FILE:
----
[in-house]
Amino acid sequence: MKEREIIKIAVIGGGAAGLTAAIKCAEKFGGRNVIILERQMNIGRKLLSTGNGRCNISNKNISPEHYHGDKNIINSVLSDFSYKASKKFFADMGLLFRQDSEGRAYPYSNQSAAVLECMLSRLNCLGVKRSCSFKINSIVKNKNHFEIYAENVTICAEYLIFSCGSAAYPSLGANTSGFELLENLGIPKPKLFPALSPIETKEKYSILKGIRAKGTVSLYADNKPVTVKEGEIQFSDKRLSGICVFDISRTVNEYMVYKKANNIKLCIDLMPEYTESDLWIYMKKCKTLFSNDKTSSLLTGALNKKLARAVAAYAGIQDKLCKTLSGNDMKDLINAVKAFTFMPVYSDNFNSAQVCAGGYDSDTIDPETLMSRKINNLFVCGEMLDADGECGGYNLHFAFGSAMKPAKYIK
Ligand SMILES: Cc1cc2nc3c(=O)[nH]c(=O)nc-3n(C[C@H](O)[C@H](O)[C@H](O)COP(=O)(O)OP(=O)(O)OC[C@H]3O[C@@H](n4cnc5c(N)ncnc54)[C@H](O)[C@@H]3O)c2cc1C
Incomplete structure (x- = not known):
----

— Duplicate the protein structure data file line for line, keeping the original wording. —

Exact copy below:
[in-house]
Amino acid sequence: MKEREIIKIAVIGGGAAGLTAAIKCAEKFGGRNVIILERQMNIGRKLLSTGNGRCNISNKNISPEHYHGDKNIINSVLSDFSYKASKKFFADMGLLFRQDSEGRAYPYSNQSAAVLECMLSRLNCLGVKRSCSFKINSIVKNKNHFEIYAENVTICAEYLIFSCGSAAYPSLGANTSGFELLENLGIPKPKLFPALSPIETKEKYSILKGIRAKGTVSLYADNKPVTVKEGEIQFSDKRLSGICVFDISRTVNEYMVYKKANNIKLCIDLMPEYTESDLWIYMKKCKTLFSNDKTSSLLTGALNKKLARAVAAYAGIQDKLCKTLSGNDMKDLINAVKAFTFMPVYSDNFNSAQVCAGGYDSDTIDPETLMSRKINNLFVCGEMLDADGECGGYNLHFAFGSAMKPAKYIK
Ligand SMILES: Cc1cc2nc3c(=O)[nH]c(=O)nc-3n(C[C@H](O)[C@H](O)[C@H](O)COP(=O)(O)OP(=O)(O)OC[C@H]3O[C@@H](n4cnc5c(N)ncnc54)[C@H](O)[C@@H]3O)c2cc1C
Incomplete structure (x- = not known):